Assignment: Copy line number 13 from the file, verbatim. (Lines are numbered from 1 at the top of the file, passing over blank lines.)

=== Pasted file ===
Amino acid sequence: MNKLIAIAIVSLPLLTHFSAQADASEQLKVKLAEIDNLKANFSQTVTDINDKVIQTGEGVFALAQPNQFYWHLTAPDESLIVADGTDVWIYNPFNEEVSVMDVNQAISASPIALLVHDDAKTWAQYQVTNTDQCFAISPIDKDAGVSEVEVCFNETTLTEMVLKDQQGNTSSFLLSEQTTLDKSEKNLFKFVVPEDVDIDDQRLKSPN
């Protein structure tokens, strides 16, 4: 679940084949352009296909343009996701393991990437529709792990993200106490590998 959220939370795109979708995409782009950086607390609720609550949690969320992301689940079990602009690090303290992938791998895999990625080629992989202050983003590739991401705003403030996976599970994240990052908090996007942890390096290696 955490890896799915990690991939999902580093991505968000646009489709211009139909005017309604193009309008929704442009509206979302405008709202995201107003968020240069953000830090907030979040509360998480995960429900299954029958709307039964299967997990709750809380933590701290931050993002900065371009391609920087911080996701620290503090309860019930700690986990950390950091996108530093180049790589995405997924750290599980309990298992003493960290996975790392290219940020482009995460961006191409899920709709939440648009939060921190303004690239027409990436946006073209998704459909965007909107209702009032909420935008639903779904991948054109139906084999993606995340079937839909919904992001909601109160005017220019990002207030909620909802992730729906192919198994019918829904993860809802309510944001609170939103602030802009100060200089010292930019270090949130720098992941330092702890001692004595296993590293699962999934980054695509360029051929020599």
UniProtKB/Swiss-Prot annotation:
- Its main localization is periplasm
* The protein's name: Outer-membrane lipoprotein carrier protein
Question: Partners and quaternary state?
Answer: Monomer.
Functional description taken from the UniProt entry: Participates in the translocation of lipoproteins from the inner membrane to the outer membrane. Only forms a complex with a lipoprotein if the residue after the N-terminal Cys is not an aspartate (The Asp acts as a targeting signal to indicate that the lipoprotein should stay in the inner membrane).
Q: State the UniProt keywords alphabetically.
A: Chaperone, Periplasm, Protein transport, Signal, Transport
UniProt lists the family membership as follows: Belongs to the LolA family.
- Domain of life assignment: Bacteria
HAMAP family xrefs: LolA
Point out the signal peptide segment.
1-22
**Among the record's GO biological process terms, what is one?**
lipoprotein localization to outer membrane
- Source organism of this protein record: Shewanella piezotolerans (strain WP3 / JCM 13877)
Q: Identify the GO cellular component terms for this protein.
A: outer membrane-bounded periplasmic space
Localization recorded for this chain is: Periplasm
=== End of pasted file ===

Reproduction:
HAMAP family xrefs: LolA